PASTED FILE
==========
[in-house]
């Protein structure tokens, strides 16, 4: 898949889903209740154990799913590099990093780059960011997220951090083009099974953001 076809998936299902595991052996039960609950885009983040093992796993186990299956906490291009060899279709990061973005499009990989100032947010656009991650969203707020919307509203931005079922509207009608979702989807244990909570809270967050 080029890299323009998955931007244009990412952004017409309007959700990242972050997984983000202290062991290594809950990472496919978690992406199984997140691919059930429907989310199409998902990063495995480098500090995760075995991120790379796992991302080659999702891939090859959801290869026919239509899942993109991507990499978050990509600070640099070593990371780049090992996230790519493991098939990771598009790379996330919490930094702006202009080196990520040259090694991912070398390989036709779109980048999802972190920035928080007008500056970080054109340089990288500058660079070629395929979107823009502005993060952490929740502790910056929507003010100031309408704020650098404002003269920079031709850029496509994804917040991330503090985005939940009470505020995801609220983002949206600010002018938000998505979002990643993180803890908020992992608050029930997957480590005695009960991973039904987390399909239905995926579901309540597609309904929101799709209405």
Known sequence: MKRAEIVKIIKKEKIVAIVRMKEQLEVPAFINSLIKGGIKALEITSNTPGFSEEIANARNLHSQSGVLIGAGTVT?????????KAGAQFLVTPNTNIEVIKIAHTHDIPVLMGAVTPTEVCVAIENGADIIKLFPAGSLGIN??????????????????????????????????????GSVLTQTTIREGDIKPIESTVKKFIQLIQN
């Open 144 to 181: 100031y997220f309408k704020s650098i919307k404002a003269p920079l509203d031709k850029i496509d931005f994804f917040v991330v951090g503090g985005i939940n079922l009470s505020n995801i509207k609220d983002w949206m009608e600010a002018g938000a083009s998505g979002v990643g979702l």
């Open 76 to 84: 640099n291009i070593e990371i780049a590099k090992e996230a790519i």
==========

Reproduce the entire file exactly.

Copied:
[in-house]
């Protein structure tokens, strides 16, 4: 898949889903209740154990799913590099990093780059960011997220951090083009099974953001 076809998936299902595991052996039960609950885009983040093992796993186990299956906490291009060899279709990061973005499009990989100032947010656009991650969203707020919307509203931005079922509207009608979702989807244990909570809270967050 080029890299323009998955931007244009990412952004017409309007959700990242972050997984983000202290062991290594809950990472496919978690992406199984997140691919059930429907989310199409998902990063495995480098500090995760075995991120790379796992991302080659999702891939090859959801290869026919239509899942993109991507990499978050990509600070640099070593990371780049090992996230790519493991098939990771598009790379996330919490930094702006202009080196990520040259090694991912070398390989036709779109980048999802972190920035928080007008500056970080054109340089990288500058660079070629395929979107823009502005993060952490929740502790910056929507003010100031309408704020650098404002003269920079031709850029496509994804917040991330503090985005939940009470505020995801609220983002949206600010002018938000998505979002990643993180803890908020992992608050029930997957480590005695009960991973039904987390399909239905995926579901309540597609309904929101799709209405």
Known sequence: MKRAEIVKIIKKEKIVAIVRMKEQLEVPAFINSLIKGGIKALEITSNTPGFSEEIANARNLHSQSGVLIGAGTVT?????????KAGAQFLVTPNTNIEVIKIAHTHDIPVLMGAVTPTEVCVAIENGADIIKLFPAGSLGIN??????????????????????????????????????GSVLTQTTIREGDIKPIESTVKKFIQLIQN
């Open 144 to 181: 100031y997220f309408k704020s650098i919307k404002a003269p920079l509203d031709k850029i496509d931005f994804f917040v991330v951090g503090g985005i939940n079922l009470s505020n995801i509207k609220d983002w949206m009608e600010a002018g938000a083009s998505g979002v990643g979702l």
């Open 76 to 84: 640099n291009i070593e990371i780049a590099k090992e996230a790519i």